A Different Side of Pop Art: The World Goes Pop at the Tate Modern

Photo Credit: Lord Jim via Compfight cc
Photo Credit: Lord Jim via Compfight cc

Pop art of women has shadowed advertising for the past 65 years. Marilyn Monroe’s popped face hangs in thousands of bedrooms across the country above TV’s showing scantily dressed women advertising cars. Although images of women are a feature we often associate with pop art, it was white American men commercially documenting the American dream who dominated the pop art scene in the 60’s. The likes of Andy Warhol and Roy Lichtenstein I’m sure spring to mind. So it is exciting that today is the launch of the Tate Modern’s autumn exhibition, The World Goes Pop. It will relay a completely different side of pop art, featuring 25 international female pop artists, ranging from Austria to Japan. The exhibition shines a light on a different, lesser-known pop art tradition. The pop art we are so accustomed to, the pop art that was predominantly used as marketing, was by no means the only form of pop art, it was just the only form we saw due to mass media. Pop art was not only used to celebrate western consumerist culture, it was also part of a subversive movement, used as a satirical critique of the social climate. The exhibition widens the previously pinpointed laser beam on pop art, exploring the other ways in which pop art existed.

The World Goes Pop reveals how pop art explored the body, domestic revolution, politics, consumption and public protest, as well as uncovering how pop art existed in communist countries not yet under the thumb of the capitalist, consumerist culture. It will also show the feminist side of pop art. The female artists featured, including Judy Chicago and Renate Bertlmann, demonstrate the rising of the female voice on what were ‘masculine’ canvases, such as car bonnets. The 60’s saw a surge in women’s liberation movements, and people were engaging more with female creativity. Pop art explored sexuality, gender and discrimination across the globe. These female artists were pushing against the grain of women being merely pin-up housewives. Even in embracing political themes in their bright work, they often didn’t consider themselves as pop artists, as they stated in interviews with the Tate Modern.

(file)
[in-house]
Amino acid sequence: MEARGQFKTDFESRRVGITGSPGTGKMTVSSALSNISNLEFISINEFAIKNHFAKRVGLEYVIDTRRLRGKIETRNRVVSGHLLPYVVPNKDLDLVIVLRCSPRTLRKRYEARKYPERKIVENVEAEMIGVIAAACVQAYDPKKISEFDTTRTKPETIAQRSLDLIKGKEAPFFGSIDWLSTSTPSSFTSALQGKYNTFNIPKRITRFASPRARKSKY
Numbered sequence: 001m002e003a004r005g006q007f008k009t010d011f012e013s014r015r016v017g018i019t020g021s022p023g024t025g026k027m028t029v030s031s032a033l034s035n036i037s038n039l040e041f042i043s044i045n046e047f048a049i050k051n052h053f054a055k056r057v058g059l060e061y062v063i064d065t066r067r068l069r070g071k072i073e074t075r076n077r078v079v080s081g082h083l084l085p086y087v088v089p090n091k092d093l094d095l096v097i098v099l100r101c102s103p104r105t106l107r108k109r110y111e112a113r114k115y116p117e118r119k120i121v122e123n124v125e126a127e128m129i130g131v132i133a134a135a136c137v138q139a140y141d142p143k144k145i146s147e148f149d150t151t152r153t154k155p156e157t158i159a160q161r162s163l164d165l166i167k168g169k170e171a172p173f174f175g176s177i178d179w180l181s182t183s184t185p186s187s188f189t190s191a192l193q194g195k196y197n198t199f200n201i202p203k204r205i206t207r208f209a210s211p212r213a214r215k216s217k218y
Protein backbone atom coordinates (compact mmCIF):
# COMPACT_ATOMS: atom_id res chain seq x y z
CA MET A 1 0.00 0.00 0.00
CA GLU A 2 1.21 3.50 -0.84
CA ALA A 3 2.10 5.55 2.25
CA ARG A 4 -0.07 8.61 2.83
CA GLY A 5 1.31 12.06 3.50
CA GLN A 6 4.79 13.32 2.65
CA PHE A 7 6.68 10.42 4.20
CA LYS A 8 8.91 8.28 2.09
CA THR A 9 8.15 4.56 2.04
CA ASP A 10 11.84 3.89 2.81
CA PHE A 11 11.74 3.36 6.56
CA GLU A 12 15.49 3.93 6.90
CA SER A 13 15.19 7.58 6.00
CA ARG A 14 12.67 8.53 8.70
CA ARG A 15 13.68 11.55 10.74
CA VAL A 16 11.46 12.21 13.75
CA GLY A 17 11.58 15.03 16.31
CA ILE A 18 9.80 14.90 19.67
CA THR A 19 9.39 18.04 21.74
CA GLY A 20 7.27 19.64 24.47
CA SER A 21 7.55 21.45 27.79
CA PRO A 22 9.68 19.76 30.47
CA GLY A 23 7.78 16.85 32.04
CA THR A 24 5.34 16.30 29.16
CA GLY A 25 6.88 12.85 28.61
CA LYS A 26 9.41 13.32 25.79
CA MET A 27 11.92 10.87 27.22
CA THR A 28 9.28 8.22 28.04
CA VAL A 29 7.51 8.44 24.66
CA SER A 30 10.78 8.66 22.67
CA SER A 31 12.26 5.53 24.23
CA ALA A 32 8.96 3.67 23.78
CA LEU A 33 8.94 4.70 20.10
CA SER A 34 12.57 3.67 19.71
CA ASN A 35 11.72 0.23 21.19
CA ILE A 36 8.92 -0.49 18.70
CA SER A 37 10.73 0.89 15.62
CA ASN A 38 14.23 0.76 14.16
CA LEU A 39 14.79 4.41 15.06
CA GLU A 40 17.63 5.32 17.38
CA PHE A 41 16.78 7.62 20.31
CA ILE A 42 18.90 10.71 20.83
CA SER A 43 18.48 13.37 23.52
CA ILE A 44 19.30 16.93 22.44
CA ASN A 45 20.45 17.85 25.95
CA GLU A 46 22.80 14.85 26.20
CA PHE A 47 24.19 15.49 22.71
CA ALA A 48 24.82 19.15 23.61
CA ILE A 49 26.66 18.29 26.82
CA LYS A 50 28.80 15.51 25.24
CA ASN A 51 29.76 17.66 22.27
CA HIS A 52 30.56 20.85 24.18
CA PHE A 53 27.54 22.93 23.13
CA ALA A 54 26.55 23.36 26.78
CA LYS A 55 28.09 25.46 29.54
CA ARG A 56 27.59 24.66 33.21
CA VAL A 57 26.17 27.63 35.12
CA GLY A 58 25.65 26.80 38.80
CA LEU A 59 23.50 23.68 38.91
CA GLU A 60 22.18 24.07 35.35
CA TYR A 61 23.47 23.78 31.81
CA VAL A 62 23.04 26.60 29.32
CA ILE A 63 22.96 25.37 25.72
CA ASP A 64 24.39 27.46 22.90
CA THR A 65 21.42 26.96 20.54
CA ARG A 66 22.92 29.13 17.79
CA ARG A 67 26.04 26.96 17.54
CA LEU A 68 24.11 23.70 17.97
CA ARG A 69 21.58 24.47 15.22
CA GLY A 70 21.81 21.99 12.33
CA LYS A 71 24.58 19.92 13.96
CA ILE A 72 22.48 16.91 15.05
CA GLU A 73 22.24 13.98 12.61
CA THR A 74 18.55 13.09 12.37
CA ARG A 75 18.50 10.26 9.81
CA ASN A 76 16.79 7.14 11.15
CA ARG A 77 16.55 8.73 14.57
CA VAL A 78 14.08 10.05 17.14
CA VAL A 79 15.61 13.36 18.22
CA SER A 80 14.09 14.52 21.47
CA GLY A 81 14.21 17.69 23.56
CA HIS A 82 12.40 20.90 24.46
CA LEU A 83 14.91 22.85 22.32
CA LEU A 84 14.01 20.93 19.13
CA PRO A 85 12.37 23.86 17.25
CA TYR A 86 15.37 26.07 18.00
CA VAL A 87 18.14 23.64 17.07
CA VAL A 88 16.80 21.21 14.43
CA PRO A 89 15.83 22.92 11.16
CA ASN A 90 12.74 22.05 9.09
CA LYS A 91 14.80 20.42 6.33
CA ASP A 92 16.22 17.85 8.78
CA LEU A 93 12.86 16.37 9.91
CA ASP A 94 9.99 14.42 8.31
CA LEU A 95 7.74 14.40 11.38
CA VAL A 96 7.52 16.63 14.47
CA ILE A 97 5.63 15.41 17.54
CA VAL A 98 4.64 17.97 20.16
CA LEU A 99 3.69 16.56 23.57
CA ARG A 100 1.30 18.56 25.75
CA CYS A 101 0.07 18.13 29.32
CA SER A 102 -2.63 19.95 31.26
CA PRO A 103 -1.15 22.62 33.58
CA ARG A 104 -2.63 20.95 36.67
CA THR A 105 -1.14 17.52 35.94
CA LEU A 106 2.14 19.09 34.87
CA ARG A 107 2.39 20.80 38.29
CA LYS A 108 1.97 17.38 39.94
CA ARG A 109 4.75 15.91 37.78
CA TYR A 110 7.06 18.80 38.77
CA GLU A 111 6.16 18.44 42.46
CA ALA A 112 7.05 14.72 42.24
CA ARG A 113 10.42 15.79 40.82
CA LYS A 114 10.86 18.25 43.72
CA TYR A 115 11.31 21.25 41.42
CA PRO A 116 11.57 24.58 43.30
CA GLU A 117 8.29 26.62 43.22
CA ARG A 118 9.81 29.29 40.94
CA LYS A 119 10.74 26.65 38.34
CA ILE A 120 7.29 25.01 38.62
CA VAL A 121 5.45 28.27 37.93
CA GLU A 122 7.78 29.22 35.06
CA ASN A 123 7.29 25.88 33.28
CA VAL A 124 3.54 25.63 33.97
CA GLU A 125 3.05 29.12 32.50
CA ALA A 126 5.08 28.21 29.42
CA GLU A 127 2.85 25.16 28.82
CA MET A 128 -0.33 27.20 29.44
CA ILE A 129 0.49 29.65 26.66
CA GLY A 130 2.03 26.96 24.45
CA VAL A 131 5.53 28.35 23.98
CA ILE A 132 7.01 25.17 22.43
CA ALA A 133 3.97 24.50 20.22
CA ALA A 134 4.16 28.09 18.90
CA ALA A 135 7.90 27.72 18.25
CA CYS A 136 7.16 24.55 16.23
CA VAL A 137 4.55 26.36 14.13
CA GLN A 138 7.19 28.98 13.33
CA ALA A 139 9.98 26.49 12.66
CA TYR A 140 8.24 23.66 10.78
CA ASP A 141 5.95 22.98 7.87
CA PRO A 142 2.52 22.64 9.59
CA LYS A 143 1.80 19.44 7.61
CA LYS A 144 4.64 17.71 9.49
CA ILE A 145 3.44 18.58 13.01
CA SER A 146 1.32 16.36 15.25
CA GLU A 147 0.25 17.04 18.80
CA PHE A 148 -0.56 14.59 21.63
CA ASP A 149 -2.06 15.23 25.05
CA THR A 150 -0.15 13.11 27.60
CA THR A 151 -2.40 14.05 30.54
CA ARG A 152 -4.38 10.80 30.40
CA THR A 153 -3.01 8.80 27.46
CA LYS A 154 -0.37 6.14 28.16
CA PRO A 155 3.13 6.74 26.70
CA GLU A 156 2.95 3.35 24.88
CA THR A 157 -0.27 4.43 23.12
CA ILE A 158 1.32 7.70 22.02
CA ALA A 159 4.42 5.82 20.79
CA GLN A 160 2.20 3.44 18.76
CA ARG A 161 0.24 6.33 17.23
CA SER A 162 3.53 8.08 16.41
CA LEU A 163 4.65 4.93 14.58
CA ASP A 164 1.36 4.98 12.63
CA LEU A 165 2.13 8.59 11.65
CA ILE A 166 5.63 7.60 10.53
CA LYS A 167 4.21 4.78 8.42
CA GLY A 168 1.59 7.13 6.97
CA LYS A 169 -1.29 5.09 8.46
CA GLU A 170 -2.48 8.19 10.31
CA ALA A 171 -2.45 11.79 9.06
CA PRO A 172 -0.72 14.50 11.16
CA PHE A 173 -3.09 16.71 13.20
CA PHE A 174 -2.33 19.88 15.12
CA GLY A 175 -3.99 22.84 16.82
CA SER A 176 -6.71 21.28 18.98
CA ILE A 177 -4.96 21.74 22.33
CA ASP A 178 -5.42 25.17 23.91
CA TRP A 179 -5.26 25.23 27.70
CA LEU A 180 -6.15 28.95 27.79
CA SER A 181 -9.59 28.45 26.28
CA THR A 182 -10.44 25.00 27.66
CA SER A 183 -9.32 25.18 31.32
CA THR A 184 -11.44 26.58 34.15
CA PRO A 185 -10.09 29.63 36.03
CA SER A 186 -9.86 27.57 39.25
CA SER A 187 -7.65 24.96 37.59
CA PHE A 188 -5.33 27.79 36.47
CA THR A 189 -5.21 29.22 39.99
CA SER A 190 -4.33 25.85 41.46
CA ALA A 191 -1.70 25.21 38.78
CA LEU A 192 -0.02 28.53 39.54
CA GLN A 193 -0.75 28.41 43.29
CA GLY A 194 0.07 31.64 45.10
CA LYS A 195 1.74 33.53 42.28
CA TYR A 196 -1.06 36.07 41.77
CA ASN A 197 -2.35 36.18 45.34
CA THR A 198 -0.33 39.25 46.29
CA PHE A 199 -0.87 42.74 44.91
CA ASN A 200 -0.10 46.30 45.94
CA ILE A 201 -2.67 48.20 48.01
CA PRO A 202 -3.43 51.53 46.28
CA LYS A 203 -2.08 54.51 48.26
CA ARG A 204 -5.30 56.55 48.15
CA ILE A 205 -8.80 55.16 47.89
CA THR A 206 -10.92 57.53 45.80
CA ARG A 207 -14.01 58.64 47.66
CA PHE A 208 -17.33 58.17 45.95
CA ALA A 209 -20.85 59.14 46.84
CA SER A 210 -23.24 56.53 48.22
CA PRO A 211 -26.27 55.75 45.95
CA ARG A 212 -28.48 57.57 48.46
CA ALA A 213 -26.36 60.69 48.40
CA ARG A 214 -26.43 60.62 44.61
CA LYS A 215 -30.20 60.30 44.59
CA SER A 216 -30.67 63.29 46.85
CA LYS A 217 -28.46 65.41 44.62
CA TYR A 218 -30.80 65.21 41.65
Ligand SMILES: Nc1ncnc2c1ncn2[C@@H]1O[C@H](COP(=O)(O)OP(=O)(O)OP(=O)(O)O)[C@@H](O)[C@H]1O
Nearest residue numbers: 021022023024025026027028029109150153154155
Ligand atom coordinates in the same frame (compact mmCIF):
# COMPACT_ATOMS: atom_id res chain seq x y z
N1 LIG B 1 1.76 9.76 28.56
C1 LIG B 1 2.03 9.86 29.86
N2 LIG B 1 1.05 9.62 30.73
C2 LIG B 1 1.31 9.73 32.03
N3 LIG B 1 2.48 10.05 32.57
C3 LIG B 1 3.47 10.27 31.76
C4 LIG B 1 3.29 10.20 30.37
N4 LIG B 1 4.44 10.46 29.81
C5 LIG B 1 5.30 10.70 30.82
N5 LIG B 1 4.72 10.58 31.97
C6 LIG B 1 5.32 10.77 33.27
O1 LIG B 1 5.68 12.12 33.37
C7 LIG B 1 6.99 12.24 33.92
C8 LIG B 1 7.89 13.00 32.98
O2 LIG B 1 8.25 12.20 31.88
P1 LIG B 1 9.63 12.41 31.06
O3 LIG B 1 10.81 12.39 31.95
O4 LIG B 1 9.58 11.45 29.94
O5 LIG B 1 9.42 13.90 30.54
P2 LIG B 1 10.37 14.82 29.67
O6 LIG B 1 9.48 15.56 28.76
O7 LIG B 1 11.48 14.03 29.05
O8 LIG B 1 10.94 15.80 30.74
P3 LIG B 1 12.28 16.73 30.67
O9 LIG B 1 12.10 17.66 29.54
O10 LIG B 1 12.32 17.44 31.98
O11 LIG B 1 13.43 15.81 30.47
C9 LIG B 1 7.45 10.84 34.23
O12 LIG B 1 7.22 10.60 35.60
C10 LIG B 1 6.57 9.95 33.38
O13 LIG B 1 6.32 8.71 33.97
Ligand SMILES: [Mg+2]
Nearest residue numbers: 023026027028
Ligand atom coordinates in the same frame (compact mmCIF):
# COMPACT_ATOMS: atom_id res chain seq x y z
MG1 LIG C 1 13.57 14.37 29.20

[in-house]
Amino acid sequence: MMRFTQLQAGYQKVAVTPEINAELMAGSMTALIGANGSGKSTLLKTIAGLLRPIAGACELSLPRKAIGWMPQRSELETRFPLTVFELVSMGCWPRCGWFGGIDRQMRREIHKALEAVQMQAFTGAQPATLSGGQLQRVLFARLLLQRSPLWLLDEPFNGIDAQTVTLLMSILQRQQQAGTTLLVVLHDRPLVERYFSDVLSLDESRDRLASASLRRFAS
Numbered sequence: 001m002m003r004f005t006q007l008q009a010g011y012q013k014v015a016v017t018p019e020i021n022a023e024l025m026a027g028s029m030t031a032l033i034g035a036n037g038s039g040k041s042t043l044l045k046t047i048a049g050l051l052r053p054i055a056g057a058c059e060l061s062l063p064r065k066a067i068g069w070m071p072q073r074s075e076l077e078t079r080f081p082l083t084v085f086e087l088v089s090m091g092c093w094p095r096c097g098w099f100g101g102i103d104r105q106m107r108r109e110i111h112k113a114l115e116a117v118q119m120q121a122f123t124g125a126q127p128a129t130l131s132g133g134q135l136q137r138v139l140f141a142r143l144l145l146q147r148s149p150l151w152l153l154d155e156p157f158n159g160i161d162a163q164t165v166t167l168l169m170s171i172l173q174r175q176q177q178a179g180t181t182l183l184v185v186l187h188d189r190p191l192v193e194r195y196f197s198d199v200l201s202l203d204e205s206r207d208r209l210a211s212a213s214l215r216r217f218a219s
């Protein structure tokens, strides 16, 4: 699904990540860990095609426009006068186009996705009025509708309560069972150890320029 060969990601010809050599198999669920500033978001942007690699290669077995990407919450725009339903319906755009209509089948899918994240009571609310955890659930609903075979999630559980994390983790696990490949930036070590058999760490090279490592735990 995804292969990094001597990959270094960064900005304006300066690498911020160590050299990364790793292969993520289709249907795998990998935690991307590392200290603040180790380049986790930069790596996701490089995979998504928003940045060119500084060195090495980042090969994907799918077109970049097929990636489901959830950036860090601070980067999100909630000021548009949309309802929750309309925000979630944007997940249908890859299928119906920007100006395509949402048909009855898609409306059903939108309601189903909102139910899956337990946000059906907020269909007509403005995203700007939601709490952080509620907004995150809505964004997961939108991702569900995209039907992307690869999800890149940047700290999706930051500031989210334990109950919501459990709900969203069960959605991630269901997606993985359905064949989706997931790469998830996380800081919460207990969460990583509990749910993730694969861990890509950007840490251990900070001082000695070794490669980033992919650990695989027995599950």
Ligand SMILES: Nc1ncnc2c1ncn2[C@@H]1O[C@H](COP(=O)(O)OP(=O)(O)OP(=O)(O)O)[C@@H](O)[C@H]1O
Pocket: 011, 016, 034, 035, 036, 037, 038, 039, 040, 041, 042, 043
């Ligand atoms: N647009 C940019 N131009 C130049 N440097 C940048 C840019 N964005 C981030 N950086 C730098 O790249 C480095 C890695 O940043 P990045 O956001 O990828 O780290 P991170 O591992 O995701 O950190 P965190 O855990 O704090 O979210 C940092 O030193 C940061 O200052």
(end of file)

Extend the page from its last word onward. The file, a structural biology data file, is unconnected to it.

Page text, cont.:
Pop art’s traditional flat colours and bold statements, leaning towards graphic design, were an idyllic base for feminist art. Judy Chicago, in her interview with the Tate Modern, commented, “By 1970, I had decided to try to figure out how to fuse the transformed art language that I had developed in my first decade of professional practice with my own subject matter as a woman in order to create a female-centred or feminist art (a term that didn’t exist then). I suppose one could say that my art became my politics in that I decided to create art that openly challenged the patriarchal paradigm that prevailed.” Art as a means of expression, questioning tradition featured highly in pop art, particularly the pieces which weren’t particularly commercial. The ideal female body was rejected in much pop art, instead warping these ideals and creating something unseen. For example, Anna María Maiolino’s featured piece is a sculpture of brightly coloured digestive organs, not exactly similar to pictures of the female anatomy we are used to. The complete dismissal of the commercial female body in some of the pieces featured relays a new satirical tone that many of us had not seen in pop art.

Critics privy to early access have so far shared mixed views about the exhibition, some deeming it a ‘mess,’ stating many of the female artists never classified themselves as pop artists and were previously widely unknown, and some praising its originality in including these artists. But for those of us concerned with equal representation and rights around the world, this exhibition could not be more poignant. By featuring these artists, the exhibition gives a voice to a previously unheard stance of pop art, one perhaps stamped on by the ever-powerful voice of the American dream. The exhibition shares with us the enlightening view that America is not the centre of the world, and that it is definitely not the centre of culture.

Returning to my earlier statement that women were often the focus of pop art, it seems in that respect, nothing much has changed. Women with cars, women with drinks, women with a lottery ticket. Female bodies are still being used for advertising. It has become normalised, acceptable. Perhaps by following Tate Modern’s alternate view that the American Dream is not the only dream, we may get new ideas for advertising.

The World Goes Pop is on until the 24th January, and it should definitely be worth a trip to the Tate Modern.

Isabel Gonzalez-Prendergast

About Isabel Gonzalez-Prendergast

Isabel is particularly interested in international literature, learning about different cultures and philosophies.

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